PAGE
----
2017 Hagerty Maple Mille – Day Two


A tradition at Classic Car Adventures is the parking lot party. At every event we do, it becomes a natural thing to enjoy stories with fellow enthusiasts at the end of a day of driving. Standing in the parking lot at 1am, with the party still in full swing, it was perhaps a little out of character…but with the day we had, and the location we were in, it seemed absolutely perfect.

Saturday morning in Gananoque began as any driving adventure does. There were classic cars being warmed up, trunks being packed, coffee and breakfast being searched out. Where yesterday’s roads were flowing and meandering, today’s would serve up the twisties. Our route began by heading north, towards cottage and lake country.

Within minutes of leaving our hotel, the pink and grey rocks of the Canadian Shield began to show itself in the rock cuts, river banks, and surrounding hills. Ancient glaciation stripped the shield of it’s soil, and cut its many lakes into the surface. In more recent times, the Canadian shield has proven challenging for road builders, who often choose to go around rather than through it’s many outcroppings. For drivers, this means many twists and turns, ups and downs, and wonderful motoring!

Following Phil’s Jaguar XK120 through the turns, with the red paint playing beautifully against the early changing leaves, you could see how suited the car was for today. We enjoyed an hour of touring with Phil and Linda, enjoying the curves and the lakeside scenery, before they pulled over and we reluctantly agreed to pass. I was a little sad to see such a wonderful car disappear in my rear view mirror, but then quickly realized who was now filling it!

The corner of my eye would catch the light blue or red in my rear view mirror, and I soon realized I was the 5.0L Mustang leading a gang of Porsche 356’s and 911’s! With cottaging season over, and our selected route through more remote locations, we could open up the throttle a little more than yesterday. Lakeside views were replaced by apexes and concentration, as the speed limits rarely dip for the twisty sections. The 5.0L barked at each use of the throttle, and I did my best to keep from slowing the Germans down.

We travelled north, and then south, and then north, and then south, and then…You get the picture. We zig-zagged on multiple highways and country roads as the route book took participants over the best the region had to offer.Gas stops and coffee stops were in tiny towns, with wonderful history. You would be filling up at a modern gas station, while gazing across the street at a general store or post office originally built in 1904.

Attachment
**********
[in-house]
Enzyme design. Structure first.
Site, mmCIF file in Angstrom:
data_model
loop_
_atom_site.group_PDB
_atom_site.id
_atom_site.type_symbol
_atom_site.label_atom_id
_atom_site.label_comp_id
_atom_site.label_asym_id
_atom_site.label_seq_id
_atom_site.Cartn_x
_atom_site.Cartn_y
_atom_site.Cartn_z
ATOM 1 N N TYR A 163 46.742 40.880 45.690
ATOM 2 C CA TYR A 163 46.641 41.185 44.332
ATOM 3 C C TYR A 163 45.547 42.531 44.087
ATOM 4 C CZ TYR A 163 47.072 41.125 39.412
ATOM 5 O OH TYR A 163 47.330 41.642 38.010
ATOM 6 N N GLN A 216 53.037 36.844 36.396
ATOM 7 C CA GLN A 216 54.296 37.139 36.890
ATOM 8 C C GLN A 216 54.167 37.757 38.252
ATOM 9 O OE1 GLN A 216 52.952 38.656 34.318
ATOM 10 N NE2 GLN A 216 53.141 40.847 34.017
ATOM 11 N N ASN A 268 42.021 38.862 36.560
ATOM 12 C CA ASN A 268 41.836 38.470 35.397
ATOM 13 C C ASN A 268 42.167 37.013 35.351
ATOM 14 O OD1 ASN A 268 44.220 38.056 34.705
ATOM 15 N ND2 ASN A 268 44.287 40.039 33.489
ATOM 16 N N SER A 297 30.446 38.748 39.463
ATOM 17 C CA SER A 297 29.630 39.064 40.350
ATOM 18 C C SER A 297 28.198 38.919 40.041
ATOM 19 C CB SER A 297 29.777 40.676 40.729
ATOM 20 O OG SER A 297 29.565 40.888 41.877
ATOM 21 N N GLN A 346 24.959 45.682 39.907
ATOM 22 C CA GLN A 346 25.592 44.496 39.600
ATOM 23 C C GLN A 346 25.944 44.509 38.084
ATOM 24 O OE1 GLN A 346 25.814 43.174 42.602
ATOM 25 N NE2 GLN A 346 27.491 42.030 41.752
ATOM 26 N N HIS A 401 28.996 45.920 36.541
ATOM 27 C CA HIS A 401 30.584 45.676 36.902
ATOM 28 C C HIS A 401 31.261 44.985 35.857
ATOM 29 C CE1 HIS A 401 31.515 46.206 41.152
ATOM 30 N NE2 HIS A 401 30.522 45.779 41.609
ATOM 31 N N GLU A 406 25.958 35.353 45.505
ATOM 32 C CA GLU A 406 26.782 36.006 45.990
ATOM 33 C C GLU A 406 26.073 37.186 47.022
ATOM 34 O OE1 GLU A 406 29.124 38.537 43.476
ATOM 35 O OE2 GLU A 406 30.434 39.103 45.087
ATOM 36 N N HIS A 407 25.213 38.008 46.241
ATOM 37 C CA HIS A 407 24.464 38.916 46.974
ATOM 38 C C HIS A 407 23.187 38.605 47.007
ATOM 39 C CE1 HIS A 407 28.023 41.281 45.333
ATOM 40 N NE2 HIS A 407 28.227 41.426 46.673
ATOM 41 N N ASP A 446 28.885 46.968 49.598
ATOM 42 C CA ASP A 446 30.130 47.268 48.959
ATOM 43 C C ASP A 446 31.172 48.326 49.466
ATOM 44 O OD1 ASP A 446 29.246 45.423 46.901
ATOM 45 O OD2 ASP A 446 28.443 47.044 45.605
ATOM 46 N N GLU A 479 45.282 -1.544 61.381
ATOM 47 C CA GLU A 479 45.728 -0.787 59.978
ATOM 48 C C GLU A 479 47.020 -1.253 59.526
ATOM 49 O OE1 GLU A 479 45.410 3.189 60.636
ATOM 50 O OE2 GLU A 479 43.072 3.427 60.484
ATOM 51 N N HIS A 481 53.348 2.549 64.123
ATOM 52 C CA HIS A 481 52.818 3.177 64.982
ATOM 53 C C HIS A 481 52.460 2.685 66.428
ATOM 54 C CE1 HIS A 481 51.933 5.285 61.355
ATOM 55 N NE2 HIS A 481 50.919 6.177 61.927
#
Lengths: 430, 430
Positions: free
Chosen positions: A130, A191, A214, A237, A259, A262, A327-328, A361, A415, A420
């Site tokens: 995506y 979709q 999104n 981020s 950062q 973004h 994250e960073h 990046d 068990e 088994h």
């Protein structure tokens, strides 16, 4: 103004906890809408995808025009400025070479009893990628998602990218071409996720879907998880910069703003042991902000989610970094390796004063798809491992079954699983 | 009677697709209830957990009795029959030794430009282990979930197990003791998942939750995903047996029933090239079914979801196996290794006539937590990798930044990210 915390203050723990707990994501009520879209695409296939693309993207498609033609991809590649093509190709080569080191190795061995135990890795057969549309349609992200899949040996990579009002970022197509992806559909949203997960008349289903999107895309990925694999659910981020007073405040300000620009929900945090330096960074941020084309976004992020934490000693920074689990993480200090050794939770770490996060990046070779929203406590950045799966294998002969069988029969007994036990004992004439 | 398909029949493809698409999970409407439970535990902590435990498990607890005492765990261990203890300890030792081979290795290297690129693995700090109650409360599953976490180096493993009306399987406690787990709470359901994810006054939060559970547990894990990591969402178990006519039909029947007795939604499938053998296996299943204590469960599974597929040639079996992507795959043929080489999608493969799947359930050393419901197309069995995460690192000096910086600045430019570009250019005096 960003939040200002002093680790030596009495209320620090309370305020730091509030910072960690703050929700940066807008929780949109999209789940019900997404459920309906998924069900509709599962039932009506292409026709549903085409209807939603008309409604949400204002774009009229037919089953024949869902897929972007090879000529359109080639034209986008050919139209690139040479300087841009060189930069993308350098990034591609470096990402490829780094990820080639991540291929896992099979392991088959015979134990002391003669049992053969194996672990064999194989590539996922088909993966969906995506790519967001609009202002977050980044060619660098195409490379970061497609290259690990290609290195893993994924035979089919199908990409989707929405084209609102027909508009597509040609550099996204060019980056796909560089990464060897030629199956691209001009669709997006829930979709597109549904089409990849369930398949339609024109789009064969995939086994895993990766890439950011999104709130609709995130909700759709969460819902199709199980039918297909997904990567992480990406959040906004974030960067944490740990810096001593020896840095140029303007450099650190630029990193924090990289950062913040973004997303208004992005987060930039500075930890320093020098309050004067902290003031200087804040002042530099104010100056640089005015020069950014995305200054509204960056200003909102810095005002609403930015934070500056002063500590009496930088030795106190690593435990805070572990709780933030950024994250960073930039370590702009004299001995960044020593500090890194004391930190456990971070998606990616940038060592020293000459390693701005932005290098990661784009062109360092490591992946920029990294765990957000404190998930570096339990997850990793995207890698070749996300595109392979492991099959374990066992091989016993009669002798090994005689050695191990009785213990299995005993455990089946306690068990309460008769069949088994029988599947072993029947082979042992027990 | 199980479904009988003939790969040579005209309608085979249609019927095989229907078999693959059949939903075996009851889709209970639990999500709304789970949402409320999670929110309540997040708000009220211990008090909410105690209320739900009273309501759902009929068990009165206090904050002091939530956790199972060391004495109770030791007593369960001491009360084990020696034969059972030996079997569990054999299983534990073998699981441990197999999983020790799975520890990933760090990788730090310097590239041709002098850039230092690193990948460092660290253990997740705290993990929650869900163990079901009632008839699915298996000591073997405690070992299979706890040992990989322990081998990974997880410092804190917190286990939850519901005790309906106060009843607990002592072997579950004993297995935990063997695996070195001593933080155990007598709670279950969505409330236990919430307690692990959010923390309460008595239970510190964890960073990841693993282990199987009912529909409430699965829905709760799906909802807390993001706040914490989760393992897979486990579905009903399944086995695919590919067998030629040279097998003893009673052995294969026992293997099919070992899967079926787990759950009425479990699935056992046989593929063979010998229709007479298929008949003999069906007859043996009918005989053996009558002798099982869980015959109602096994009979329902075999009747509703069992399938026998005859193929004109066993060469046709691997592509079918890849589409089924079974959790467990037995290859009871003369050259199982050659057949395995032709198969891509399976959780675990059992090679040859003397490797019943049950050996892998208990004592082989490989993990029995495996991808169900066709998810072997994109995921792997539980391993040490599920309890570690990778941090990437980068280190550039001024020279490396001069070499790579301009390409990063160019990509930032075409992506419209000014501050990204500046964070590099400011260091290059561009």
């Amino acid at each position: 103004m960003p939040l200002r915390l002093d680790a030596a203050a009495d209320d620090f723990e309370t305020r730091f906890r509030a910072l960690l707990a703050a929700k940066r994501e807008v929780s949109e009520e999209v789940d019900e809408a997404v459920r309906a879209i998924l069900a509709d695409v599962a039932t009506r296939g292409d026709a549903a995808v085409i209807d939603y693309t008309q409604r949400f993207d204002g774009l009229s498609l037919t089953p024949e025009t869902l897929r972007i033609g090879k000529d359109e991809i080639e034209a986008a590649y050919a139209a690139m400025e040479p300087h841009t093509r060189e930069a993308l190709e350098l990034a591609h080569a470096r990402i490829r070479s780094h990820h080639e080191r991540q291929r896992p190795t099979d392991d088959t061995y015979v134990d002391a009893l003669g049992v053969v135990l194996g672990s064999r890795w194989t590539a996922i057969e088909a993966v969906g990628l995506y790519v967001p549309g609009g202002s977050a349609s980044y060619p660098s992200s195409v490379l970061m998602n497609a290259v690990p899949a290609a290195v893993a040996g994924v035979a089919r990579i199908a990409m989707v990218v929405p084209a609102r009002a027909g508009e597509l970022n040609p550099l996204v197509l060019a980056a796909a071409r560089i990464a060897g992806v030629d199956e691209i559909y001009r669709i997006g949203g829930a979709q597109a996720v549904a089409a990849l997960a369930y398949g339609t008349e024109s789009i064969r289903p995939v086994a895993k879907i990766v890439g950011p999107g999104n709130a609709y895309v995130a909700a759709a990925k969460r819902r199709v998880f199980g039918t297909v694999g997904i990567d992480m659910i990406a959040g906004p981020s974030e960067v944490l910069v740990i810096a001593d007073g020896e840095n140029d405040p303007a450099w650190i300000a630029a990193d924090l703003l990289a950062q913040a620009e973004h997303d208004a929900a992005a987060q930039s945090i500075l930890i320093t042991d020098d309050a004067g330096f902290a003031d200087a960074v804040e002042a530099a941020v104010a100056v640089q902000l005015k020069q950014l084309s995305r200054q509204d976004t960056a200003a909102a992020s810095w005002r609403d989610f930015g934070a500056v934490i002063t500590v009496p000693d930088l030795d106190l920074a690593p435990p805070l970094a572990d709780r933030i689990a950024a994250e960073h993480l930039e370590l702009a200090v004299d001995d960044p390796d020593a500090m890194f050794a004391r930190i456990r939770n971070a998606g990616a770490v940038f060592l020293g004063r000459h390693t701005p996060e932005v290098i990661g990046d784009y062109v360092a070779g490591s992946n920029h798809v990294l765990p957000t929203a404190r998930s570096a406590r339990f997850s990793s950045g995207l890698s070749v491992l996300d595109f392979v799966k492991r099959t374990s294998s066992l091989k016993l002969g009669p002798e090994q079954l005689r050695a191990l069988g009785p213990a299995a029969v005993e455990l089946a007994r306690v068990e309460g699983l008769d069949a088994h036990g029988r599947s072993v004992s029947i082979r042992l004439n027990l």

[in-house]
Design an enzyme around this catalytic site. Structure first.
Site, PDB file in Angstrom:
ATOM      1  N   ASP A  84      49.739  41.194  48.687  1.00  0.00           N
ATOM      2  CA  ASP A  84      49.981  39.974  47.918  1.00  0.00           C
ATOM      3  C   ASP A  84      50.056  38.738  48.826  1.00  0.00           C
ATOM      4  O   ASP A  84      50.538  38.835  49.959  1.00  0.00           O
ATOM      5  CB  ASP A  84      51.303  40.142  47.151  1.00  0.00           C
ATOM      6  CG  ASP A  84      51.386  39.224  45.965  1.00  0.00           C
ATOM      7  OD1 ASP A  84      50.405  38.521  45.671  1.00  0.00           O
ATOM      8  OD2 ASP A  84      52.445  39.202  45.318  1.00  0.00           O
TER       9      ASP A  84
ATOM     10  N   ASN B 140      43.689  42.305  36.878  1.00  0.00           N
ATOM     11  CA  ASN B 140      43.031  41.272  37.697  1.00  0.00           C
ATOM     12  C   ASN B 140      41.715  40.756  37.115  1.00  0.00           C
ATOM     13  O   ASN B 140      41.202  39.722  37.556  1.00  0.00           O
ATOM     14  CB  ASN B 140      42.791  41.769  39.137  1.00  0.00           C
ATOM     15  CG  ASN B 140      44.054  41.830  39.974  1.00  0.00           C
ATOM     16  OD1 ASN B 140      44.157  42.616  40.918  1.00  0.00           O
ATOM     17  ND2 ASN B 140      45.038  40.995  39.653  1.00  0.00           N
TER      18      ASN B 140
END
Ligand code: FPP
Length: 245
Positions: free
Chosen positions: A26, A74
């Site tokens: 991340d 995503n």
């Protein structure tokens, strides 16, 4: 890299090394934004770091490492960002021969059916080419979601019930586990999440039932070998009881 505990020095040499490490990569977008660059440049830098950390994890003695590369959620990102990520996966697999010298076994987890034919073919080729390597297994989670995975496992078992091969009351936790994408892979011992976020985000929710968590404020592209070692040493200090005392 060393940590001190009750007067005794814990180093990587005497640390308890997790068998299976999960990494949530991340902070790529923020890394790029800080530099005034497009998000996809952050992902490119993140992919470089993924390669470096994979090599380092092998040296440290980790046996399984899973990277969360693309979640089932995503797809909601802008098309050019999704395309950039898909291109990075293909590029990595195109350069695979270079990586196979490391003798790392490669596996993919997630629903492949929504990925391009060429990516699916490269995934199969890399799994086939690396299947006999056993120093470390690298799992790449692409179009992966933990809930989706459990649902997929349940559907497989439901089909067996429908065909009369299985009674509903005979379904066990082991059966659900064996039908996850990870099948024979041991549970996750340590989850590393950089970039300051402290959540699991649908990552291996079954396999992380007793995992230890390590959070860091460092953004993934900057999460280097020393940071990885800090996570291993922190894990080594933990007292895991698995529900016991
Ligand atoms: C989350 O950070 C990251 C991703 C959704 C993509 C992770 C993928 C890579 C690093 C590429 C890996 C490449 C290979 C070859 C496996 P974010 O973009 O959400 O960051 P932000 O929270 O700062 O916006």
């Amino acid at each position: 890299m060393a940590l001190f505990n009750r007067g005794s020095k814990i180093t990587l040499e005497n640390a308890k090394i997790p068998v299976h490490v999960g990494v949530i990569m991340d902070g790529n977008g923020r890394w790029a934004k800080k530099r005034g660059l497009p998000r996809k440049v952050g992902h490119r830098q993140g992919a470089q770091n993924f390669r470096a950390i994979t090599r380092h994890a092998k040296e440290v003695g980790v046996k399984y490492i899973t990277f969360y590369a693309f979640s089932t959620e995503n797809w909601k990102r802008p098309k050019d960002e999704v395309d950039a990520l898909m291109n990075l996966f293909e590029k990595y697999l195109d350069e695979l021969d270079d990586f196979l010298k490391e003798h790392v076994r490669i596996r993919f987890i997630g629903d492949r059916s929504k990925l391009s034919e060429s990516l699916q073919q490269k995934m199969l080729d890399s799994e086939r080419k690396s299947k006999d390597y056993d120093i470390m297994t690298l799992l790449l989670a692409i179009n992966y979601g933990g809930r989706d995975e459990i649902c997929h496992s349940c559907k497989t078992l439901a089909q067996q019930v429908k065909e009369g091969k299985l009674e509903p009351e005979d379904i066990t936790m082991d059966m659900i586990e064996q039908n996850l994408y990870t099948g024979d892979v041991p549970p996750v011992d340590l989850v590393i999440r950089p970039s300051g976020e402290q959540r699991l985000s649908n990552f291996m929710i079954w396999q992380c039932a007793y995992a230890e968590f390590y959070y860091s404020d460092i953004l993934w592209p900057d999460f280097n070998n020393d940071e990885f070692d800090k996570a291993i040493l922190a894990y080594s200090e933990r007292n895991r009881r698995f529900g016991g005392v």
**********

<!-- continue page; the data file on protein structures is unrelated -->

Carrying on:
Around mid day we pointed our cars west, and began to head through the Kawartha Highlands. With potential lunch spots sparce, the recommendation to pickup a picnic lunch was utilized by many. We saw folks stopped at lake side and river side parks, enjoying a period-correct lunch style not often used in today’s road trips.

The remainder of our route today took us through Bancroft, Kinmount and south-west to Beaverton. From there it was a quick dip to the southern shore of Lake Simcoe, where our group arrived at Jackson’s Point. Here we parked our cars lakeside, and began the post-drive parking lot party.

Perhaps it was our late arrival, or the beauty of our lakeside setting, but it seemed dinner time was suddenly upon us, before we could fully enjoy the socializing and winding down. Could it be that’s why the party continued after dinner?

Each of our rooms in the resort had a door that opened into our reserved parking area. As I made my way towards one of the many rooms I had been invited to for a “post dinner party”, I was expecting a small in-room gathering, and figured I’d make my way from one party to the next. Instead, I discovered the entire event was outside mingling in a big parking-lot social. Where we may have spent the day driving primarily in groups of Porsches, Mustangs or British cars…at night, the group becomes one of a single designation; great friends, new and old…

Today’s photos are once again provided by Ralph Saulnier




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